Market review

In July 2022, hard-currency emerging market debt1 returned +2.89%, while local-currency emerging market debt2 returned +0.29%. The improved performance in the month followed a tough first half of the year, in which hard-currency emerging market debt returned -20.31%, while local-currency emerging market debt had returned -14.53%.

In the case of hard-currency emerging market debt, the biggest positive driver was a significant reduction in the US treasury yields, with the 10-year treasury yield falling by 36 basis points to 2.62% by the end of the month. A key reason for this was investors paring back some of their previously extremely hawkish expectations regarding how much the US Federal Reserve would raise US policy interest rates by. In turn, this reflected a markedly weaker US economic outlook, which in large part reflected the expected negative impact of higher US interest rates. In the commodity space, Brent crude fell by 4.18% to US$110 per barrel over the month, as the market continued adjusting for a less favourable global growth outlook.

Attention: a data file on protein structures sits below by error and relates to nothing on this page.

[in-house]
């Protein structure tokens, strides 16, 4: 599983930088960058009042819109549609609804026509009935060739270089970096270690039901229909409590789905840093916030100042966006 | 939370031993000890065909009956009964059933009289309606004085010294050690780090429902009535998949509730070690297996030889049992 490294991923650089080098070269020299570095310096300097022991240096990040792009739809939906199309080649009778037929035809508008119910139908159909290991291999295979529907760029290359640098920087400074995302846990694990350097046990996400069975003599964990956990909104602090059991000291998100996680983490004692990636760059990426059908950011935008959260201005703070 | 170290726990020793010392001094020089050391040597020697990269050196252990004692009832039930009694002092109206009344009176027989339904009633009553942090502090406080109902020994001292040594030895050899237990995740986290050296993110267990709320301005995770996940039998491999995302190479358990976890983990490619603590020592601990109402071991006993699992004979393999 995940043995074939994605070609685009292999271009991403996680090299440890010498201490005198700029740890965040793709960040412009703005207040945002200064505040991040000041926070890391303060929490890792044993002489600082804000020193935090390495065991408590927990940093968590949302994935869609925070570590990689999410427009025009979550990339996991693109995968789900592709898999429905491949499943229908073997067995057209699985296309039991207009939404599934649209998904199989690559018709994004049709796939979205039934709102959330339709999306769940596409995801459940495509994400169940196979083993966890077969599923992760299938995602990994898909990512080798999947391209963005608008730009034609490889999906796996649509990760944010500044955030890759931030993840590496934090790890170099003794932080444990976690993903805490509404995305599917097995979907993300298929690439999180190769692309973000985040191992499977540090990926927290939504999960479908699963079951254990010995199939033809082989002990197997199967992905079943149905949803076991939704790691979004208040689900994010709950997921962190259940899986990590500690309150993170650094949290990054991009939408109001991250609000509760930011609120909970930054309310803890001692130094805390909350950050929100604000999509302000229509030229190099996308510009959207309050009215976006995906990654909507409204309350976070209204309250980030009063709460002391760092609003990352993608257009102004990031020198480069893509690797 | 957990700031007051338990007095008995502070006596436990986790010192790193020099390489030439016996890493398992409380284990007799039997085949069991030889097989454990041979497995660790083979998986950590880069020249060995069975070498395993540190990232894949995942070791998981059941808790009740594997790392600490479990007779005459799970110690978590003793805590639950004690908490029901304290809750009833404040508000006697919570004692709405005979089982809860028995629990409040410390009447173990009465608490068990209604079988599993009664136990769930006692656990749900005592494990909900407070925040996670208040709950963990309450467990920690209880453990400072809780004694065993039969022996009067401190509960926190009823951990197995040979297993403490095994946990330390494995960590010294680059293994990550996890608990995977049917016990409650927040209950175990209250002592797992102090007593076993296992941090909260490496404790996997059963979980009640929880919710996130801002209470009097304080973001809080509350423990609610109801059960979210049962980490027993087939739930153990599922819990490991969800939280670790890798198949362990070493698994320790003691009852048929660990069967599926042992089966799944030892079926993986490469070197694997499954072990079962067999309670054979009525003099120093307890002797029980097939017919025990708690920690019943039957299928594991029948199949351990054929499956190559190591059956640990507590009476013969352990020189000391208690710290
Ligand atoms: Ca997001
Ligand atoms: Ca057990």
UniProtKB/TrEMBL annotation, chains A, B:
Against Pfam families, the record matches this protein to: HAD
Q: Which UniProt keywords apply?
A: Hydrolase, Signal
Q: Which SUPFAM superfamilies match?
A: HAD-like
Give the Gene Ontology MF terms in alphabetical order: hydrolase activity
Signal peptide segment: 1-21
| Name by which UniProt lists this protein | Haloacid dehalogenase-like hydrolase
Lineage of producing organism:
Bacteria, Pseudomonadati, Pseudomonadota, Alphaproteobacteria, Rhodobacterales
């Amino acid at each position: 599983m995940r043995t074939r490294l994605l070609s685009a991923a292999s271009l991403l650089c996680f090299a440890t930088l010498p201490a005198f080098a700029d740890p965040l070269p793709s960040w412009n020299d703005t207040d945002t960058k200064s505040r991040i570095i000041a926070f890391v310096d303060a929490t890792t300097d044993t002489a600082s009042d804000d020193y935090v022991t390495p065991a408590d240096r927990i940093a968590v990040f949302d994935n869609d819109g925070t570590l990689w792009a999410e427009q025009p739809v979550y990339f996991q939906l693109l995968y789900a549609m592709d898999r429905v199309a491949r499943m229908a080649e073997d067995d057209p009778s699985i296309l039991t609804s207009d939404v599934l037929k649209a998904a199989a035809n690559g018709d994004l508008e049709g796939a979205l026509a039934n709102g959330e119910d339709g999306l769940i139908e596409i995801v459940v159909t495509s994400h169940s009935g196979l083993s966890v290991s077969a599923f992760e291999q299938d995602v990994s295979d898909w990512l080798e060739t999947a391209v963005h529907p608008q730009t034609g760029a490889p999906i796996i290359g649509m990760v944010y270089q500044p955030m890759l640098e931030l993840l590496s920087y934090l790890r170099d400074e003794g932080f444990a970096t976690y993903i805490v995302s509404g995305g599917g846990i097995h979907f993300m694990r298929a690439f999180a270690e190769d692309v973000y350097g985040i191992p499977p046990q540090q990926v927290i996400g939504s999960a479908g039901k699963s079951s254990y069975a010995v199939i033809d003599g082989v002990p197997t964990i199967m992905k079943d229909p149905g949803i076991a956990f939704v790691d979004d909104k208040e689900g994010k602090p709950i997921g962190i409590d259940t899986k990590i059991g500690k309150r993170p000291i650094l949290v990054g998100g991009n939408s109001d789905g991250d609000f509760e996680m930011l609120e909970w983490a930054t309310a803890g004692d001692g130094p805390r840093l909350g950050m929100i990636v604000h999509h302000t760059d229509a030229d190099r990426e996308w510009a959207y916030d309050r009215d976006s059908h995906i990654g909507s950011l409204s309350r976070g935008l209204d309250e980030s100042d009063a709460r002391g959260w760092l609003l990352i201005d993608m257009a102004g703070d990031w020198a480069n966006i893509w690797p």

While the overall outlook remains challenging, we are seeing pockets of value opening up in certain areas of emerging market debt. Spreads on indices remain well above their medium-term averages and yields are also at the top end of the range for the past decade. Some distressed names are also looking more viable, with some governments altering course to gain access to much-needed funding support from the IMF and other multilateral institutions.

We believe that inflation should decelerate towards the end of the year, given the likely peaking of global food and energy prices two months ago. In turn, this should enable an end to interest rate-tightening cycles in emerging markets. However, at the same time, we do expect volatility to remain elevated for a while longer, given the backdrop of slowing global growth and aggressive monetary tightening in many developed countries. Therefore, we think a highly selective investing approach remains sensible at the present time.


  • 1 As measured by the JP Morgan EMBI Global Diversified index
  • 2 As measured by the JP Morgan GBI-EM Global Diversified index (unhedged in US dollar terms)